Tel Motza, Israel — Archaeologists in Israel have announced the discovery of a pagan temple and a number of figurines that date back to the time of King Solomon.
The Israel Antiquities Authority states that it uncovered the items while excavating in Tel Motza, west of Jerusalem.
“The ritual building at Tel Motza is an unusual and striking find, in light of the fact that there are hardly any remains of ritual buildings of the period in Judea at the time of the First Temple,” explained Anna Eirikh, Dr. Hamoudi Khalaily and Shua Kisilevitz, who are directing the excavation. “The uniqueness of the structure is even more remarkable because of the vicinity of the site’s proximity to the capital city of Jerusalem, which acted as the Kingdom’s main sacred center at the time.”
They outline that the positioning of the temple further indicates that it was meant for pagan worship.
“The walls of the structure are massive, and it includes a wide, east-facing entrance, conforming to the tradition of temple construction in the ancient Near East: the rays of the sun rising in the east would have illuminated the object placed inside the temple first, symbolizing the divine presence within,” the Authority stated. “A square structure, which was probably an altar, was exposed in the temple courtyard, and the cache of sacred vessels was found near the structure.”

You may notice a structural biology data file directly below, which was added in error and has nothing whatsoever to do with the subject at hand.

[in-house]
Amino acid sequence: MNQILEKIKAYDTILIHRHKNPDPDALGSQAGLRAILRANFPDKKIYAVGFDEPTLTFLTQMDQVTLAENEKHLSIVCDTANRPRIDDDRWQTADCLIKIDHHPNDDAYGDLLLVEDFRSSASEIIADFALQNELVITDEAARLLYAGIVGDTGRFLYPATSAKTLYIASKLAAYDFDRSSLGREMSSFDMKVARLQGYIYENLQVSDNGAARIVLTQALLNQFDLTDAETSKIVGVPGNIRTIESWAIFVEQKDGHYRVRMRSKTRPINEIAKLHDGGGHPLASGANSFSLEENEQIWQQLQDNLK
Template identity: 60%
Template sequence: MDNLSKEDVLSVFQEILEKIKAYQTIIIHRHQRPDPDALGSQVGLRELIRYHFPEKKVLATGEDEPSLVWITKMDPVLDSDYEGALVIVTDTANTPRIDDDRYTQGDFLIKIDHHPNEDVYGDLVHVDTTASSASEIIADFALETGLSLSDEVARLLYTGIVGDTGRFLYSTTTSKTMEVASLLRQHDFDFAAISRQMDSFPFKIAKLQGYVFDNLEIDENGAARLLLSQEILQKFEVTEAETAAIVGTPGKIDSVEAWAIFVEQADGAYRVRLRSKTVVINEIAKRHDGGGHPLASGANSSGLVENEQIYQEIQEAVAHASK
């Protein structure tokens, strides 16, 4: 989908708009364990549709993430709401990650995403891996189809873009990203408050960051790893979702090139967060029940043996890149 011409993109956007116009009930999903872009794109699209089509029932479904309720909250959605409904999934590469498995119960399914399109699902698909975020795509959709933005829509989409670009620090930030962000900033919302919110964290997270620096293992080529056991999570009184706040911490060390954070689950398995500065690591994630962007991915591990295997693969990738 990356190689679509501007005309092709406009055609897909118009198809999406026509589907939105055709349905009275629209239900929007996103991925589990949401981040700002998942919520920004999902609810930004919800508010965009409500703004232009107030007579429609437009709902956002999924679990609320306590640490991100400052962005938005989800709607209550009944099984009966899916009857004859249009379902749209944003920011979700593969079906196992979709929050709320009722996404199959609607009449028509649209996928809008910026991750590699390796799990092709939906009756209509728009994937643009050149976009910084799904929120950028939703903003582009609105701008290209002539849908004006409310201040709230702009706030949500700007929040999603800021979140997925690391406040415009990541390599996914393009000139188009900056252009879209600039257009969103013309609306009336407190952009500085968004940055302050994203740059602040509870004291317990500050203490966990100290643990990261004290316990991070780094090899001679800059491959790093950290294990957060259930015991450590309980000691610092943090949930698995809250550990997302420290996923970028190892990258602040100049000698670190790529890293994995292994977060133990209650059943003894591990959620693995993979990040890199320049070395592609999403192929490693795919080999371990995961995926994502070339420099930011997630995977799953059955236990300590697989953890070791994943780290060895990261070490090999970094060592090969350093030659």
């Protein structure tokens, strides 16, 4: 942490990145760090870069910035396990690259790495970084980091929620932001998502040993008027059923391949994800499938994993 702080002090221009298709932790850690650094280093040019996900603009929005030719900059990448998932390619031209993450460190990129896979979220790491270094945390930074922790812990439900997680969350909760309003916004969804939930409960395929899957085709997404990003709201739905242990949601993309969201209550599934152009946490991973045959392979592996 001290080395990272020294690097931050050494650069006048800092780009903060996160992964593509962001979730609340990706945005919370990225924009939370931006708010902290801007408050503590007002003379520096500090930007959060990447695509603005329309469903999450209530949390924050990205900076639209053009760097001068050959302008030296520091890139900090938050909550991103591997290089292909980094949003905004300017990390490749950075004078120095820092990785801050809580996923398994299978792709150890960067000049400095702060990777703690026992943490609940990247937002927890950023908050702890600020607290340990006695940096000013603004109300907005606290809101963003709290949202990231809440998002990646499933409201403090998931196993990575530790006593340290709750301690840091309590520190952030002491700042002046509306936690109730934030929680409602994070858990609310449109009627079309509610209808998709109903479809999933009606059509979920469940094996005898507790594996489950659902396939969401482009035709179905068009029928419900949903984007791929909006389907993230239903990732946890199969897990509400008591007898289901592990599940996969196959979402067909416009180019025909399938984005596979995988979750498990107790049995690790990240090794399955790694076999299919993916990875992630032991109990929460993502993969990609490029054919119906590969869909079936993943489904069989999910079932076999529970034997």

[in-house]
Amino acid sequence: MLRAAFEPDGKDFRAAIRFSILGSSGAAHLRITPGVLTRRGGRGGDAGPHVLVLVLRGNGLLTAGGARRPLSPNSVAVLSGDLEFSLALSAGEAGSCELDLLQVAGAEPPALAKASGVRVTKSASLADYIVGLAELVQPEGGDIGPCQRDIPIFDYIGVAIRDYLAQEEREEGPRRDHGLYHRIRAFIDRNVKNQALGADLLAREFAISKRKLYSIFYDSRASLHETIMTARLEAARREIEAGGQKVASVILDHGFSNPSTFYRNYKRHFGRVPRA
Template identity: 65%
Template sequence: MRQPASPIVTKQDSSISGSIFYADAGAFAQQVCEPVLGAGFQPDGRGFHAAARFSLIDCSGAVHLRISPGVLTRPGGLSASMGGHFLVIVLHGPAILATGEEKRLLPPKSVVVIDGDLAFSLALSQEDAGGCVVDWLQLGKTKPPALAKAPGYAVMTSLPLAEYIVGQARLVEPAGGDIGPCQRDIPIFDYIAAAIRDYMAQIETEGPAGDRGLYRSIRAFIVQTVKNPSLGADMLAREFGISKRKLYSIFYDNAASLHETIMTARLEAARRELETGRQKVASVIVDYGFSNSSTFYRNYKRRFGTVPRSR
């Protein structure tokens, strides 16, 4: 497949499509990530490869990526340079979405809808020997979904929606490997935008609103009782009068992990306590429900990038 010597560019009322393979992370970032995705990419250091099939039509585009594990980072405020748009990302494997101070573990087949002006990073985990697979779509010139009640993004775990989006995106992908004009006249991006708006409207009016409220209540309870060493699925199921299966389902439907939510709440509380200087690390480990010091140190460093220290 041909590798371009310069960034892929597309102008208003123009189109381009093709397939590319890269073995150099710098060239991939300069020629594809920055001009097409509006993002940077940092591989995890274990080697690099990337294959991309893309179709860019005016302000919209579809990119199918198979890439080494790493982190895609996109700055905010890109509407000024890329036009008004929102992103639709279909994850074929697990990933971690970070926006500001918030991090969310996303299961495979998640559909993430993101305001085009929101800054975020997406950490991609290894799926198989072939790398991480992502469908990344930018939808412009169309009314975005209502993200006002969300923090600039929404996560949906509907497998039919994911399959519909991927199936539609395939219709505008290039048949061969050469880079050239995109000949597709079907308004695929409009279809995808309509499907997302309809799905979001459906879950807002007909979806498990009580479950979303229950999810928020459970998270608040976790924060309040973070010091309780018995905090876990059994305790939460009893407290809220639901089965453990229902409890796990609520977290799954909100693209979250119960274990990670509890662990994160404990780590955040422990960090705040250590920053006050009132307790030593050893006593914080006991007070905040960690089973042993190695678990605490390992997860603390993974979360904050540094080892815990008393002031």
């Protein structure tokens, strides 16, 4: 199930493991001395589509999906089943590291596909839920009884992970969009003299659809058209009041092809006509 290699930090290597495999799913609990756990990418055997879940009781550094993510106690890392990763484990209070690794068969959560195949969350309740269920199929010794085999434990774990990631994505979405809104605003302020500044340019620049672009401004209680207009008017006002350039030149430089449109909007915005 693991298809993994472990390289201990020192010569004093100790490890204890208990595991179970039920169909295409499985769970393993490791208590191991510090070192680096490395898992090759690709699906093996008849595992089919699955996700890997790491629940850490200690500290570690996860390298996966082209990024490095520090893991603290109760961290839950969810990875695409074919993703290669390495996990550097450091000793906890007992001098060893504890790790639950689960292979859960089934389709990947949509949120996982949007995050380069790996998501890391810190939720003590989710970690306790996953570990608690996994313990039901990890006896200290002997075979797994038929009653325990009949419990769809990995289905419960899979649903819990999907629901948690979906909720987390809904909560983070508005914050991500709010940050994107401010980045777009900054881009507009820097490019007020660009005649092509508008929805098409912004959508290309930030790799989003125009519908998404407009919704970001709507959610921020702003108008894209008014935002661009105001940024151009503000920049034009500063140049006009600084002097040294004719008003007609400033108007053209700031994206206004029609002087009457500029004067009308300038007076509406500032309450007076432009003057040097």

The various figures that were collected were also of interest to archaeologists.
“The assemblage includes ritual pottery vessels, with fragments of chalices — bowls on a high base which were used in sacred rituals, decorated ritual pedestals, and a number of pottery figurines of two kinds: the first, small heads in human form with a flat headdress and curling hair; the second, figurines of animals — mainly of harnessed animals,” the Authority stated.
While ancient pottery has been located in a number of other sites throughout Israel, the Authority believes this discovery is especially important because remains of pagan temples dating back to this period have been few and far between.
“The finds recently discovered at Tel Motza provide rare archaeological evidence for the existence of temples and ritual enclosures in the Kingdom of Judah in general, and in the Jerusalem region in particular, prior to the religious reforms throughout the kingdom at the end of the monarchic period (at the time of Hezekiah and Isaiah), which abolished all ritual sites, concentrating ritual practices solely at the Temple in Jerusalem,” the directors stated.
As recorded in Scripture, when the book of God’s Law was brought to King Josiah and read aloud, he tore his clothes and sorrowed over the nation’s rebellion against God. The king then destroyed all of the idols and their temples and altars, and called the people together for a time of repentance before the Lord. Hezekiah, his grandfather, also had destroyed pagan altars throughout the land, but Hezekiah’s son Manasseh, soon rebuilt them.
The archaeologists state that the items uncovered during the excavation will require further research.